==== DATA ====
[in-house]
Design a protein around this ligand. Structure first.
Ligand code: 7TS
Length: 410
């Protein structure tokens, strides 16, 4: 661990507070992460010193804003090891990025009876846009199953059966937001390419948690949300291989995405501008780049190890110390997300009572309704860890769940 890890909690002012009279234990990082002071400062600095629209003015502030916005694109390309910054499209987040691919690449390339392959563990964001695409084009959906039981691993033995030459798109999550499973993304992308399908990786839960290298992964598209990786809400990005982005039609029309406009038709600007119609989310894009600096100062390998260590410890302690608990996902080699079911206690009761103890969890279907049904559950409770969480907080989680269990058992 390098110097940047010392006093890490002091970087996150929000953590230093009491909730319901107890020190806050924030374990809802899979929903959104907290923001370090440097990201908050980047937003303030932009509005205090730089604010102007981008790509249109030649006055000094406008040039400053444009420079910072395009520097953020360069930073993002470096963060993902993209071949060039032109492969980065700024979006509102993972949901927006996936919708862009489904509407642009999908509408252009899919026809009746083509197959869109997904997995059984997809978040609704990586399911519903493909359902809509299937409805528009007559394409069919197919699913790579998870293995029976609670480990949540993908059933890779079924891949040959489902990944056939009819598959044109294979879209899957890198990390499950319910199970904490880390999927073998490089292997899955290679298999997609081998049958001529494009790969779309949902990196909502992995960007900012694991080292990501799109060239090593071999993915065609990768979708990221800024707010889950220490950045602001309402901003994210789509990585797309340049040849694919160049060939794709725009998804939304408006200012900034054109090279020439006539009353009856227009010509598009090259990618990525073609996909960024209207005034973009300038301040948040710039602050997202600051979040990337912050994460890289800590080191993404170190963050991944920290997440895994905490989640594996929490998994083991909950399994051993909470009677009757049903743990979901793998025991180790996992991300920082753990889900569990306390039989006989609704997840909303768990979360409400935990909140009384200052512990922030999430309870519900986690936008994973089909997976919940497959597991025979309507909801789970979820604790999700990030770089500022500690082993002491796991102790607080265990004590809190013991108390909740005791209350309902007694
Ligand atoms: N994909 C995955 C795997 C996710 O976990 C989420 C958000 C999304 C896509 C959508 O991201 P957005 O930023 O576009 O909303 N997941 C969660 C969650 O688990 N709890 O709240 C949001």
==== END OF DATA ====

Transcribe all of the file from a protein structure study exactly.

[in-house]
Design a protein around this ligand. Structure first.
Ligand code: 7TS
Length: 410
């Protein structure tokens, strides 16, 4: 661990507070992460010193804003090891990025009876846009199953059966937001390419948690949300291989995405501008780049190890110390997300009572309704860890769940 890890909690002012009279234990990082002071400062600095629209003015502030916005694109390309910054499209987040691919690449390339392959563990964001695409084009959906039981691993033995030459798109999550499973993304992308399908990786839960290298992964598209990786809400990005982005039609029309406009038709600007119609989310894009600096100062390998260590410890302690608990996902080699079911206690009761103890969890279907049904559950409770969480907080989680269990058992 390098110097940047010392006093890490002091970087996150929000953590230093009491909730319901107890020190806050924030374990809802899979929903959104907290923001370090440097990201908050980047937003303030932009509005205090730089604010102007981008790509249109030649006055000094406008040039400053444009420079910072395009520097953020360069930073993002470096963060993902993209071949060039032109492969980065700024979006509102993972949901927006996936919708862009489904509407642009999908509408252009899919026809009746083509197959869109997904997995059984997809978040609704990586399911519903493909359902809509299937409805528009007559394409069919197919699913790579998870293995029976609670480990949540993908059933890779079924891949040959489902990944056939009819598959044109294979879209899957890198990390499950319910199970904490880390999927073998490089292997899955290679298999997609081998049958001529494009790969779309949902990196909502992995960007900012694991080292990501799109060239090593071999993915065609990768979708990221800024707010889950220490950045602001309402901003994210789509990585797309340049040849694919160049060939794709725009998804939304408006200012900034054109090279020439006539009353009856227009010509598009090259990618990525073609996909960024209207005034973009300038301040948040710039602050997202600051979040990337912050994460890289800590080191993404170190963050991944920290997440895994905490989640594996929490998994083991909950399994051993909470009677009757049903743990979901793998025991180790996992991300920082753990889900569990306390039989006989609704997840909303768990979360409400935990909140009384200052512990922030999430309870519900986690936008994973089909997976919940497959597991025979309507909801789970979820604790999700990030770089500022500690082993002491796991102790607080265990004590809190013991108390909740005791209350309902007694
Ligand atoms: N994909 C995955 C795997 C996710 O976990 C989420 C958000 C999304 C896509 C959508 O991201 P957005 O930023 O576009 O909303 N997941 C969660 C969650 O688990 N709890 O709240 C949001």